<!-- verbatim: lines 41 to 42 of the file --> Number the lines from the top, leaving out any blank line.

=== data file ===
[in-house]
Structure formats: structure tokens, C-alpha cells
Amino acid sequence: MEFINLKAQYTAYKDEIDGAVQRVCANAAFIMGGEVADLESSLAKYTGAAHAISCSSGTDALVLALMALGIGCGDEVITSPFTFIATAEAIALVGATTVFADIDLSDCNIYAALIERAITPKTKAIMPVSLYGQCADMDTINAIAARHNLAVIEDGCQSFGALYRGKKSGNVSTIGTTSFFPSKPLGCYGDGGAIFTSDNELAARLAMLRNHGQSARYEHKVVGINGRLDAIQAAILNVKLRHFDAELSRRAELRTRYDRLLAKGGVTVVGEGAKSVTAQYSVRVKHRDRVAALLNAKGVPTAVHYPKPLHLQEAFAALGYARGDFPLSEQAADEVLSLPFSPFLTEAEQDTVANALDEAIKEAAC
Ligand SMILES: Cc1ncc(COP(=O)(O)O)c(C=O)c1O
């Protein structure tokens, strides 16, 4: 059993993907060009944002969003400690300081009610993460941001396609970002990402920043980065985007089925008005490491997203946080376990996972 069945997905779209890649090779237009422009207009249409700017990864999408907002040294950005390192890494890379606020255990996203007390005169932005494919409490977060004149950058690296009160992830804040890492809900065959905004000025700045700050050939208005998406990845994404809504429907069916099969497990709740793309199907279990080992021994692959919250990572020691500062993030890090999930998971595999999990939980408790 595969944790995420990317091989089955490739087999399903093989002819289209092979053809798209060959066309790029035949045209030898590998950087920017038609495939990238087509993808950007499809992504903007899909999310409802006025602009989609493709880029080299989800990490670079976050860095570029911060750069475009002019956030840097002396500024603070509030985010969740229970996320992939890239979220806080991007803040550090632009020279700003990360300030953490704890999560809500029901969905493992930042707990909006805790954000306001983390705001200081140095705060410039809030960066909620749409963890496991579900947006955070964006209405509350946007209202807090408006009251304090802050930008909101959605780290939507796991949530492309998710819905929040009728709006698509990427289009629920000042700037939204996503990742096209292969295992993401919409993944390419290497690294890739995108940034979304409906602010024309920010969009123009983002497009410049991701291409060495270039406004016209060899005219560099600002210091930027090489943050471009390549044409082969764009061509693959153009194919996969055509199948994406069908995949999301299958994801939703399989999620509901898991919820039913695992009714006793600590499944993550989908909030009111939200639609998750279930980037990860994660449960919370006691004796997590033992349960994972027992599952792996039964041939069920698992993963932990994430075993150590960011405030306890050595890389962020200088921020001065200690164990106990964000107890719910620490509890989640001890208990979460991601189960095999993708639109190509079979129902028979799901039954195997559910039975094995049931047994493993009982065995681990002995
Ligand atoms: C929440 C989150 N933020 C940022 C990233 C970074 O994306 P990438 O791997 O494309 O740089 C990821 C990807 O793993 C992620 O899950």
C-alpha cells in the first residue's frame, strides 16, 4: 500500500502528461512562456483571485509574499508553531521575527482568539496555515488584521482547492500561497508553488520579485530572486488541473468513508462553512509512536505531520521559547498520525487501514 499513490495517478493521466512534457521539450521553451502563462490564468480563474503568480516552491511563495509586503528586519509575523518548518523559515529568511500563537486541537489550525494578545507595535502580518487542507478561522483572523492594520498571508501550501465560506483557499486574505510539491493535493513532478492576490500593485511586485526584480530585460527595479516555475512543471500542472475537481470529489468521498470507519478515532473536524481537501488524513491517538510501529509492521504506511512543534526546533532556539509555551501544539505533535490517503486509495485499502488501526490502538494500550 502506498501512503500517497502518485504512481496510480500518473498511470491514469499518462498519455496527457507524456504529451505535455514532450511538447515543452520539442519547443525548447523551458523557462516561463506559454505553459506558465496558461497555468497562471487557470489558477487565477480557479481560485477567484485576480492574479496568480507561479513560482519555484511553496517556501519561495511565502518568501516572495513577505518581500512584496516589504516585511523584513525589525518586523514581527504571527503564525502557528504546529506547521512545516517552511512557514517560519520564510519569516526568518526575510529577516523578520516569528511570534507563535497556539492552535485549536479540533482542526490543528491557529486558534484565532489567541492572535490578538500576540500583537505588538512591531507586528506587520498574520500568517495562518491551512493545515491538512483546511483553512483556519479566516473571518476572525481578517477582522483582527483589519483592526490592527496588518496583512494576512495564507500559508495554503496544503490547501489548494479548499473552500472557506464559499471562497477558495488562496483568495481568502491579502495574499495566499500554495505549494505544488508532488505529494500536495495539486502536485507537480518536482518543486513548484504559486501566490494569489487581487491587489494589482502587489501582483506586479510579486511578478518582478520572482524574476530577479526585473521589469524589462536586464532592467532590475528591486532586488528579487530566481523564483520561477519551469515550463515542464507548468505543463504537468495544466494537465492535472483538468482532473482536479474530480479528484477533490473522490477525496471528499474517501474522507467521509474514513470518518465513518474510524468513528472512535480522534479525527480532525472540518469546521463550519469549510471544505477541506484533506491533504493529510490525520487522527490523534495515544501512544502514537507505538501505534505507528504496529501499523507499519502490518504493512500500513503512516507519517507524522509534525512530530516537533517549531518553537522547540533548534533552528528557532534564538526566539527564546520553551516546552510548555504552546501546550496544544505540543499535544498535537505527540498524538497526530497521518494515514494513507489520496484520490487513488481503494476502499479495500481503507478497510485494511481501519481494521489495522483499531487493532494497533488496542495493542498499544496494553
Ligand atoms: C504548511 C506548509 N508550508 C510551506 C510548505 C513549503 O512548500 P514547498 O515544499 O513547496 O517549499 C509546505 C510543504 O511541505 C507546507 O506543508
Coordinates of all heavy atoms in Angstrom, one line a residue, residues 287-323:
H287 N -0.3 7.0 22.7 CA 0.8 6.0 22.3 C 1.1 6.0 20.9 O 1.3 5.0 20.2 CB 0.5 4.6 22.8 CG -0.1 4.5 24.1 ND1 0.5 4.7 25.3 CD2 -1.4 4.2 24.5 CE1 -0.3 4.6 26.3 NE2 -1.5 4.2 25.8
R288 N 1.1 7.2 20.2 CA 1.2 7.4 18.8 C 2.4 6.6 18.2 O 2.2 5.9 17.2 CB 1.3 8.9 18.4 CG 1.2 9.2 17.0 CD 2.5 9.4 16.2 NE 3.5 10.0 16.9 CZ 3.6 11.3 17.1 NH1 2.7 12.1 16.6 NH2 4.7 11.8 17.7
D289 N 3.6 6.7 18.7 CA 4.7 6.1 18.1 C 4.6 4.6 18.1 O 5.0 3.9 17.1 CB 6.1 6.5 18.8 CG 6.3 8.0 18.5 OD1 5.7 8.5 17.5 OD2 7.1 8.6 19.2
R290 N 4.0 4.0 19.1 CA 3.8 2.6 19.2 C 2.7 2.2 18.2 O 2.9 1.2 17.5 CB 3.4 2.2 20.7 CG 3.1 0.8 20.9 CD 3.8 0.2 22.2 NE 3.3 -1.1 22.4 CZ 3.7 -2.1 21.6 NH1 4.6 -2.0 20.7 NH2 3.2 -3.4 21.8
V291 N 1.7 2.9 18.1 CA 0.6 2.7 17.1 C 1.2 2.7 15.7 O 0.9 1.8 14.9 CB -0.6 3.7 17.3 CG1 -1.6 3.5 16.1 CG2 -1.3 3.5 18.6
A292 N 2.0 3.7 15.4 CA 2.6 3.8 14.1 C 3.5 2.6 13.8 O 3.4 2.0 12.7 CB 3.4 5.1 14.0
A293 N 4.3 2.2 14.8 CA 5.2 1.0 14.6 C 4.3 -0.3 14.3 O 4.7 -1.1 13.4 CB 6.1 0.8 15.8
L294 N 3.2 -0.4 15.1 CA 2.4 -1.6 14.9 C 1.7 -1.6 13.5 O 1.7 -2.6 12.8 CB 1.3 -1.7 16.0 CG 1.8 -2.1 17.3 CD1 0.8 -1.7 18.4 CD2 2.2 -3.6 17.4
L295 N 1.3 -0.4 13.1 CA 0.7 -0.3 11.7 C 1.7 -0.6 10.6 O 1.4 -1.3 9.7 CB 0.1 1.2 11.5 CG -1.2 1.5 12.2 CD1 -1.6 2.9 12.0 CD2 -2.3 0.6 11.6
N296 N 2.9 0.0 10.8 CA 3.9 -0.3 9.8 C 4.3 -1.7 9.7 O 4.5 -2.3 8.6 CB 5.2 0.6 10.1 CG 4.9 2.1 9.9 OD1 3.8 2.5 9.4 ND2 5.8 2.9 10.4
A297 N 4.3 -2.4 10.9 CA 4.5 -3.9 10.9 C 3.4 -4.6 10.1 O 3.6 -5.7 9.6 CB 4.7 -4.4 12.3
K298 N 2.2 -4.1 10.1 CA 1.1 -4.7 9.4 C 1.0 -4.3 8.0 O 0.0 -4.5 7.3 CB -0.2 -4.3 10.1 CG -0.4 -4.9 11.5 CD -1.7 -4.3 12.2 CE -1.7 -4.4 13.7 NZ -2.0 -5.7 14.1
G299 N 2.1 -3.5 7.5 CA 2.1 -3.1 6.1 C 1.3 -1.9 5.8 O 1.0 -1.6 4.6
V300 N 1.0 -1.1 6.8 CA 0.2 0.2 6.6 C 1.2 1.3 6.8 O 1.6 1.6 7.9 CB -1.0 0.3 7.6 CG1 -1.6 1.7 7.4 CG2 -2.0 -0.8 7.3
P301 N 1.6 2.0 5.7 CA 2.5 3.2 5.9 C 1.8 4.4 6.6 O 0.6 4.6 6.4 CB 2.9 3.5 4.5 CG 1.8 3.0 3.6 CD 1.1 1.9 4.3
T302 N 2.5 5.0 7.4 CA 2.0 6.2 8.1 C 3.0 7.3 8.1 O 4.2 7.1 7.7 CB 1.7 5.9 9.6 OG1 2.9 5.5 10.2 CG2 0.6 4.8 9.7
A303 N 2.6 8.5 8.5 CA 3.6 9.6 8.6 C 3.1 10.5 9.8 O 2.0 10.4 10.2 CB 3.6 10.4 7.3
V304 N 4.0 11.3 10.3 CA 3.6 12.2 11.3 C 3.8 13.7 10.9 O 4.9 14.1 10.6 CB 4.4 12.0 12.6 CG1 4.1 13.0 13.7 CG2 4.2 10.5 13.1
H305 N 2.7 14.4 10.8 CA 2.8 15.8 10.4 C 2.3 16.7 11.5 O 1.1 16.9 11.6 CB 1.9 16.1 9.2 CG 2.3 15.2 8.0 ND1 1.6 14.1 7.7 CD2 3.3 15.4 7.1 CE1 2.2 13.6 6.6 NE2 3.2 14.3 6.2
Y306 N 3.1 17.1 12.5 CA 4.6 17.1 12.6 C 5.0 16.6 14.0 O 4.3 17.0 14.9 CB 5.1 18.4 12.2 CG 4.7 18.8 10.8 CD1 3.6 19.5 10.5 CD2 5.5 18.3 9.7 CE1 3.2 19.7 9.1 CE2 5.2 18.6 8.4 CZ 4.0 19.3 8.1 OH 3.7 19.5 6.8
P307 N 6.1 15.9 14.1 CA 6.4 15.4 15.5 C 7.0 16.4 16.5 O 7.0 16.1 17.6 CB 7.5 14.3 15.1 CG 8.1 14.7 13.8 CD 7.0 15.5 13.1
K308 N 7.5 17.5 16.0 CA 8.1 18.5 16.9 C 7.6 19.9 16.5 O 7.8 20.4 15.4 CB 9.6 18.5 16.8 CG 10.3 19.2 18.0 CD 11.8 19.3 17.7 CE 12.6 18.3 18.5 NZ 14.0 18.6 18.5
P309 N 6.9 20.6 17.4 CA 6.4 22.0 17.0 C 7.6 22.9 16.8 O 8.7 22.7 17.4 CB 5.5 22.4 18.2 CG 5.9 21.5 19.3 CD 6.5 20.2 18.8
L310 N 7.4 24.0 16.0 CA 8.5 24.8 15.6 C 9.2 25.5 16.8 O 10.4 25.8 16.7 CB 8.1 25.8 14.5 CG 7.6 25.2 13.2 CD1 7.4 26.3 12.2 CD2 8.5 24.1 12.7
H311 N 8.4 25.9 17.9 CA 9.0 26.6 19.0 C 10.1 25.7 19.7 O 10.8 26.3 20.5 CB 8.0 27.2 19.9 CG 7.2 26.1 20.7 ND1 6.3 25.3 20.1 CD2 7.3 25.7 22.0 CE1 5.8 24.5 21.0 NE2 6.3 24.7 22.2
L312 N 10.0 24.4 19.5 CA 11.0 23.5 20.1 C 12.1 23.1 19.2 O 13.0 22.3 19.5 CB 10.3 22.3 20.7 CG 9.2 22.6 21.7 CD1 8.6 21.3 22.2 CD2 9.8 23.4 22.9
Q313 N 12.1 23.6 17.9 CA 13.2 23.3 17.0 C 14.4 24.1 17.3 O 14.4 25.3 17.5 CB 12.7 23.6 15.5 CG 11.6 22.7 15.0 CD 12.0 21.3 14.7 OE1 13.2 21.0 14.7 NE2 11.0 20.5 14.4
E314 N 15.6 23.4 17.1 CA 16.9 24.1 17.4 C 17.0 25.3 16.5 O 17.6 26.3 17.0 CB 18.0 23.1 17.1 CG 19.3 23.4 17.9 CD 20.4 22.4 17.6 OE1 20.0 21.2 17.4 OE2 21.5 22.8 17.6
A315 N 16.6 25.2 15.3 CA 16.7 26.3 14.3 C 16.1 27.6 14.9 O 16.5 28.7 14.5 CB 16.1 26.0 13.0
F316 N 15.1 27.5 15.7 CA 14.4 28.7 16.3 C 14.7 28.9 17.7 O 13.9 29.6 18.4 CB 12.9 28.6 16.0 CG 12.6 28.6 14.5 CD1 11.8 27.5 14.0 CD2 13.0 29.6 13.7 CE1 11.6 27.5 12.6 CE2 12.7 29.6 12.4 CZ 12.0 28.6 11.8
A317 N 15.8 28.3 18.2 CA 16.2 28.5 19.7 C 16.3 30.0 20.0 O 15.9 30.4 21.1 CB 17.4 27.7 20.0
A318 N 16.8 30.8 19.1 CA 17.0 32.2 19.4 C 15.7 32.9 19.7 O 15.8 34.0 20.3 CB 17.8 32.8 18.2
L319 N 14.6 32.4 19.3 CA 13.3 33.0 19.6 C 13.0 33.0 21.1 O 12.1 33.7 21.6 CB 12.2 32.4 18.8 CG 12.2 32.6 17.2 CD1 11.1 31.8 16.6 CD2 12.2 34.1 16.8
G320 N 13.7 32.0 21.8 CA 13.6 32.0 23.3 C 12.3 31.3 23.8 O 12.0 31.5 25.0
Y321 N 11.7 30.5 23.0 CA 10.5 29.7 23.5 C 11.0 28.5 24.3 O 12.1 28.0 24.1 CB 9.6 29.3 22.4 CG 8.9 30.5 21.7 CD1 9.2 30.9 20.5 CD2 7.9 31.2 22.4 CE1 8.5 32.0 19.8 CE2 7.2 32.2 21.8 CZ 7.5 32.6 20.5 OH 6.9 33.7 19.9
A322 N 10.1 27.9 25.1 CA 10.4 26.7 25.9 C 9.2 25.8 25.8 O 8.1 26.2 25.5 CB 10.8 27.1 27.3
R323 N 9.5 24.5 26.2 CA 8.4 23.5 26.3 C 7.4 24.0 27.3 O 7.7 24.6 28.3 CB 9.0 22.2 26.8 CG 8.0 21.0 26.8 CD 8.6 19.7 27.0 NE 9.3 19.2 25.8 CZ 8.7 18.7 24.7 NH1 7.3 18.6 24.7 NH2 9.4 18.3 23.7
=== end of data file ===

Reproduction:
A318 N 16.8 30.8 19.1 CA 17.0 32.2 19.4 C 15.7 32.9 19.7 O 15.8 34.0 20.3 CB 17.8 32.8 18.2
L319 N 14.6 32.4 19.3 CA 13.3 33.0 19.6 C 13.0 33.0 21.1 O 12.1 33.7 21.6 CB 12.2 32.4 18.8 CG 12.2 32.6 17.2 CD1 11.1 31.8 16.6 CD2 12.2 34.1 16.8